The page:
Psalm 25:22
Parallel Verses
New American Standard Bible
Redeem Israel, O God, Out of all his troubles.

King James Bible
Redeem Israel, O God, out of all his troubles.

Darby Bible Translation
Redeem Israel, O God, out of all his troubles.

World English Bible
Redeem Israel, God, out all of his troubles. By David.

Young's Literal Translation
Redeem Israel, O God, from all his distresses!

Psalm 25:22 Parallel
Commentary
Barnes' Notes on the Bible

Redeem Israel - Redeem or save thy people - the word "Israel" here being used, as elsewhere, to denote the people of God.

Out of all his troubles - Save thy people from persecution, and from trial of all kinds. The prayer of the psalmist had, before this, related mainly to himself. He had made mention of his own troubles and sorrows, and had earnestly sought relief. The psalm, however, closes appropriately with a reference to others; to all the people of God who might be in similar circumstances. Religion is not selfish. The mind under the influence of true piety, however intensely it may feel its own trouble, and however earnestly it may pray for deliverance, is not forgetful of the troubles of others; and prayers for their comfort and deliverance are freely mingled with those which the afflicted children of God offer for themselves. This verse may be, therefore, taken as an illustration of the nature of true piety: piety that seeks the welfare of all; piety that does not terminate in itself alone; piety that desires the happiness of all people, especially the deliverance of the suffering and the sad. It should, however, be added that this verse is no part of the alphabetical series in the psalm - that having been ended, in Psalm 25:21, with the last letter of the Hebrew alphabet. This verse commences with the Hebrew letter pe (p). Some have supposed that it was added to the psalm when it was prepared for public use, in order to make what was at first applicable to an individual appropriate as a part of public worship - or because the sentiments in the psalm, originally having reference to one individual, were as applicable to the people of God generally as to the author of the psalm. There is some plausibility in this conjecture.

Psalm 25:22 Parallel Commentaries

Library
Guidance in Judgment
'Good and upright is the Lord; therefore will He teach sinners in the way. 9. The meek will He guide in judgment; and the meek will He teach His way.'--PSALM xxv. 8, 9. The Psalmist prays in this psalm for three things: deliverance, guidance, and forgiveness. Of these three petitions the central one is that for guidance. 'Show me Thy ways, O Lord,' he asks in a previous verse; where he means by 'Thy ways,' not God's dealings with men, but men's conduct as prescribed by God. In my text he exchanges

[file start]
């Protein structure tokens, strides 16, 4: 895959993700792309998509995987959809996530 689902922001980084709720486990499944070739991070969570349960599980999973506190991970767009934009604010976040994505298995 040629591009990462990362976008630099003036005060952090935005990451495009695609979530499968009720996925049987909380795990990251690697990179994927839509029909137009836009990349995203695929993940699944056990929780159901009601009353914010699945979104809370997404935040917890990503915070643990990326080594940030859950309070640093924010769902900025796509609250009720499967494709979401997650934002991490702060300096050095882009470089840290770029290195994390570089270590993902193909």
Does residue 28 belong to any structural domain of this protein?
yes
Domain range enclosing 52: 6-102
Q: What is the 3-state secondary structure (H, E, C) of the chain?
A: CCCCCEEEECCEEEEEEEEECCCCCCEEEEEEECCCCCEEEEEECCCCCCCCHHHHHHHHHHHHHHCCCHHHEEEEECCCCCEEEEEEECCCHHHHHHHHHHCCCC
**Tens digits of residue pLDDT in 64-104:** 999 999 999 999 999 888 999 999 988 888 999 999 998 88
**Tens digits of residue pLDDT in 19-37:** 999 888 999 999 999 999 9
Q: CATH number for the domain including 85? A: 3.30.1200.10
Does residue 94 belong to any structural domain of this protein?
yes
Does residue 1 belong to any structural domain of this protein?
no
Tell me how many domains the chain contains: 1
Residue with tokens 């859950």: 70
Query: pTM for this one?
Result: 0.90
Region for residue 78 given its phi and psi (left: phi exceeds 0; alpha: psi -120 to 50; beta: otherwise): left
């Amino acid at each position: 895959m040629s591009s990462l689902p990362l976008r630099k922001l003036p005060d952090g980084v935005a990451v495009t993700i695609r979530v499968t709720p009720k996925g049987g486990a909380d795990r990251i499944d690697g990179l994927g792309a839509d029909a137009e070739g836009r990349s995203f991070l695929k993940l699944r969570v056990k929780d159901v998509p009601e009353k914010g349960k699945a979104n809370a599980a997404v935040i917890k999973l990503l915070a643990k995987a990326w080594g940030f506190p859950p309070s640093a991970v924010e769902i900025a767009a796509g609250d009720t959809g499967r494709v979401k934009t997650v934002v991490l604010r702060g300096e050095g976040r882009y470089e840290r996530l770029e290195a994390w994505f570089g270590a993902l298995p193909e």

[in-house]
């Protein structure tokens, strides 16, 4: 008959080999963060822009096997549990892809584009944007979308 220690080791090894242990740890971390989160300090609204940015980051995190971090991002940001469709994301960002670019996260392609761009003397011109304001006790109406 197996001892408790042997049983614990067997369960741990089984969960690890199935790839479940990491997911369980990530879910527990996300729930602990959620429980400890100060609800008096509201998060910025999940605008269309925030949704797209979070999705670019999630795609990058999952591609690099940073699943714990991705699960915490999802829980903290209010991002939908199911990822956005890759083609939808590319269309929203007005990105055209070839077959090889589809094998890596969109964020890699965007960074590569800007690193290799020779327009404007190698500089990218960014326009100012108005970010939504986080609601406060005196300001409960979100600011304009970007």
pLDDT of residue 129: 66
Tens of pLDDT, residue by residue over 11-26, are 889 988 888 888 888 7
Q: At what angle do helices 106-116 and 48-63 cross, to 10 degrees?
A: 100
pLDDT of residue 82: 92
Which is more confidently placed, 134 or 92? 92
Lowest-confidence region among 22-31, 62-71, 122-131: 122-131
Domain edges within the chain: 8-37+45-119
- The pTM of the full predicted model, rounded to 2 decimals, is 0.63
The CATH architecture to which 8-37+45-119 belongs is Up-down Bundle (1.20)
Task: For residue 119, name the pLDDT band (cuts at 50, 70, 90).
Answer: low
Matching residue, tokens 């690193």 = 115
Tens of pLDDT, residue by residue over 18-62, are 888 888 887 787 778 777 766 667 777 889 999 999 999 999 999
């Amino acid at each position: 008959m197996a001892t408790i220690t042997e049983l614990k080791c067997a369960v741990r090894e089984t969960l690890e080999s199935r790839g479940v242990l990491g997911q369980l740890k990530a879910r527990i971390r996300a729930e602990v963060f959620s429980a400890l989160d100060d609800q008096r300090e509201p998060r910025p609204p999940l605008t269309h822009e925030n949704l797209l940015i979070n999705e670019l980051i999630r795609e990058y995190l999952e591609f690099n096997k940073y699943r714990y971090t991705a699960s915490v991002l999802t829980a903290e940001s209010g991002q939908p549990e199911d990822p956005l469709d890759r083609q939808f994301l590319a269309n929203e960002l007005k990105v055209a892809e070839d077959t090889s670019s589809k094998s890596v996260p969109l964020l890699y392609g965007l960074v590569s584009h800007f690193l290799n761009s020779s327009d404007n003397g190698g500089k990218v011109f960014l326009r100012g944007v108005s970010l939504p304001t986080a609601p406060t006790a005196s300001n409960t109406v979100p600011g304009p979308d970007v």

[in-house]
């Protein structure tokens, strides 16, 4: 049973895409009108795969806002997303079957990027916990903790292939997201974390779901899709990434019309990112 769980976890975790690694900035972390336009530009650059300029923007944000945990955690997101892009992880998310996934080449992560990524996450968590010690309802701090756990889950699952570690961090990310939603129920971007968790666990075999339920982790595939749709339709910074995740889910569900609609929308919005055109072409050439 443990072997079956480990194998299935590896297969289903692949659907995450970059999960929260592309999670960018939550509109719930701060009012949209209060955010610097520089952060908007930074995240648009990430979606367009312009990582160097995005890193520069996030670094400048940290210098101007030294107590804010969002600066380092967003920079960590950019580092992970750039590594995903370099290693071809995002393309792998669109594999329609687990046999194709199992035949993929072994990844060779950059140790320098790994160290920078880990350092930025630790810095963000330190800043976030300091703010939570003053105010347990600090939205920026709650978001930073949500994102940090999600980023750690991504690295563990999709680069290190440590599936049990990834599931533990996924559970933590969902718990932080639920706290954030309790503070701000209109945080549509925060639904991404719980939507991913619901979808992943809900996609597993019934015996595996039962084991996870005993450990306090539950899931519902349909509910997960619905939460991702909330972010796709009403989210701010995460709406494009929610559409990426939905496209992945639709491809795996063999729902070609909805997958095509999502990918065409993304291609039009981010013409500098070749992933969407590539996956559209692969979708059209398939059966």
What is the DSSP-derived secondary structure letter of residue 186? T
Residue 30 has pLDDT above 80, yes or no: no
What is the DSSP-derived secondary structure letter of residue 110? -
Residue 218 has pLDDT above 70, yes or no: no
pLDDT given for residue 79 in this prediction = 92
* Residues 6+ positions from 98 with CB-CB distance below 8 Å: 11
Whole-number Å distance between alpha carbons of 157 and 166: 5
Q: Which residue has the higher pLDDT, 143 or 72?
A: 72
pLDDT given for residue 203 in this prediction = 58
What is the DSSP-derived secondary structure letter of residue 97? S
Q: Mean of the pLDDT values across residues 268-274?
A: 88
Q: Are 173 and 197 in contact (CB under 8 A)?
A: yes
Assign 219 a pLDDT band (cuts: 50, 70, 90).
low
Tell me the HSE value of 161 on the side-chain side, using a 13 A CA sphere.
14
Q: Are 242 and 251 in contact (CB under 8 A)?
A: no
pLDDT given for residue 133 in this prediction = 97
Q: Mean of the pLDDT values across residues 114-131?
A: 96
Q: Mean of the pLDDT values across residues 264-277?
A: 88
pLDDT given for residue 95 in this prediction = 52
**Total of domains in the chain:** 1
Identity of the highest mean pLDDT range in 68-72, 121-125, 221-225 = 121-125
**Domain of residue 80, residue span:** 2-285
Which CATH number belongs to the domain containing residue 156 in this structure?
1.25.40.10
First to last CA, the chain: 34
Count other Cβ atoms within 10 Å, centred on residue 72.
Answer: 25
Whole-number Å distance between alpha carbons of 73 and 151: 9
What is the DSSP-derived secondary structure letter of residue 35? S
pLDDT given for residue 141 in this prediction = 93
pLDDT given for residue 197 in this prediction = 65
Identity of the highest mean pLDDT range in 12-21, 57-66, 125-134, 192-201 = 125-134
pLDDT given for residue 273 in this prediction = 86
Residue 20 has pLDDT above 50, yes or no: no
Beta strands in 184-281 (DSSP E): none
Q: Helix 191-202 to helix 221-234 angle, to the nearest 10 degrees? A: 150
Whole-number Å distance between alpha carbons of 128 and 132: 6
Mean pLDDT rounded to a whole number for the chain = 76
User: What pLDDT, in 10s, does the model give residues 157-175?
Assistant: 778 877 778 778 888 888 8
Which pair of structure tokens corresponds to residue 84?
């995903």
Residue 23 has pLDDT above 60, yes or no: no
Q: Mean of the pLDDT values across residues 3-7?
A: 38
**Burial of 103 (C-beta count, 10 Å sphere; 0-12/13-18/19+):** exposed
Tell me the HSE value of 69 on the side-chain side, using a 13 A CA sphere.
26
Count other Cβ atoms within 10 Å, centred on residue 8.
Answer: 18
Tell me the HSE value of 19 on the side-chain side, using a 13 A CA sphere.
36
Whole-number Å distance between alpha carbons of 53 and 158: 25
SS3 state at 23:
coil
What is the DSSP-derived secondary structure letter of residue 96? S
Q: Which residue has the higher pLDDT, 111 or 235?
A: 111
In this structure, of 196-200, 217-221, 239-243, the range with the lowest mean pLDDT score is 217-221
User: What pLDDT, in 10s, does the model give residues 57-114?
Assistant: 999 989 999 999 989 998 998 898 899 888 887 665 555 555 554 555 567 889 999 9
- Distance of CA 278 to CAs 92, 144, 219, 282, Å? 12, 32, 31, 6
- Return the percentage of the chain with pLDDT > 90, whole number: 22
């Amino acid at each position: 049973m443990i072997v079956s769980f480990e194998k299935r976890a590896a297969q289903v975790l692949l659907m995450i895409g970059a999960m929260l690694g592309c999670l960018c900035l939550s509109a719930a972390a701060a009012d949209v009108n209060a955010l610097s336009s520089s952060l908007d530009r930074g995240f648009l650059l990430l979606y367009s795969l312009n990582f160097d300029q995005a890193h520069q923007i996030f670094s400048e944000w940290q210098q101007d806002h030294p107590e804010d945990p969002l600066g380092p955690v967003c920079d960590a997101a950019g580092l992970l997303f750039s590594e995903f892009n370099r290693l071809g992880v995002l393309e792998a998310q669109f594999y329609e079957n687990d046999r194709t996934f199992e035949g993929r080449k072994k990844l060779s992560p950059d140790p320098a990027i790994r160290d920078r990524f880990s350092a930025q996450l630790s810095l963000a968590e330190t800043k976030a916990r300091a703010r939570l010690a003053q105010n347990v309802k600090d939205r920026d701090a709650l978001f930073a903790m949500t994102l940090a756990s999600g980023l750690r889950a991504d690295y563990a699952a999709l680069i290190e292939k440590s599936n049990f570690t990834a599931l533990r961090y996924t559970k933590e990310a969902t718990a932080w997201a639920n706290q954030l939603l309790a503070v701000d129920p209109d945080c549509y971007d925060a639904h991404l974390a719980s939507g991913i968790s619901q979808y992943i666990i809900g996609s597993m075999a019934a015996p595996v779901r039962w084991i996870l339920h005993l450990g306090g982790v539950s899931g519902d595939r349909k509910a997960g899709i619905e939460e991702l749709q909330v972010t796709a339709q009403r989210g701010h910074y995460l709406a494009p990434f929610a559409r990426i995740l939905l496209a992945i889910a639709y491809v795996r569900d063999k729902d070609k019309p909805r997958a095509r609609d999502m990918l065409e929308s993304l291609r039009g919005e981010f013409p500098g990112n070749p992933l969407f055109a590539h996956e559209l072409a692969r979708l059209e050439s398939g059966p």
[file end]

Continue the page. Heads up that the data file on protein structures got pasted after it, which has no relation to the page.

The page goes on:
Alexander Maclaren—Expositions of Holy Scripture

Both Things are Specially Worthy of Notice. ...
Both things are specially worthy of notice. First, let every one in professing to pray turn thither all his thoughts and feelings, and be not (as is usual) distracted by wandering thoughts; because nothing is more contrary to the reverence due to God than that levity which bespeaks a mind too much given to license and devoid of fear. In this matter we ought to labour the more earnestly the more difficult we experience it to be; for no man is so intent on prayer as not to feel many thoughts creeping
John Calvin—Of Prayer--A Perpetual Exercise of Faith

Out of the Deep of Suffering and Sorrow.
Save me, O God, for the waters are come in even unto my soul: I am come into deep waters; so that the floods run over me.--Ps. lxix. 1, 2. I am brought into so great trouble and misery: that I go mourning all the day long.--Ps. xxxviii. 6. The sorrows of my heart are enlarged: Oh! bring Thou me out of my distress.--Ps. xxv. 17. The Lord hath heard the voice of my weeping: the Lord will receive my prayer.--Ps. vi. 8. In the multitude of the sorrows which I had in my heart, Thy comforts have refreshed
Charles Kingsley—Out of the Deep

"He is the Rock, his Work is Perfect. For all his Ways are Judgment. A God of Truth, and Without Iniquity, Just and Right is He.
Deut. xxxii. 4, 5.--"He is the rock, his work is perfect. For all his ways are judgment. A God of truth, and without iniquity, just and right is he. They have corrupted themselves, their spot is not the spot of his children. They are a perverse and crooked generation." "All his ways are judgment," both the ways of his commandments and the ways of his providence, both his word which he hath given as a lantern to men's paths, and his works among men. And this were the blessedness of men, to be found
Hugh Binning—The Works of the Rev. Hugh Binning

Psalm 25:21
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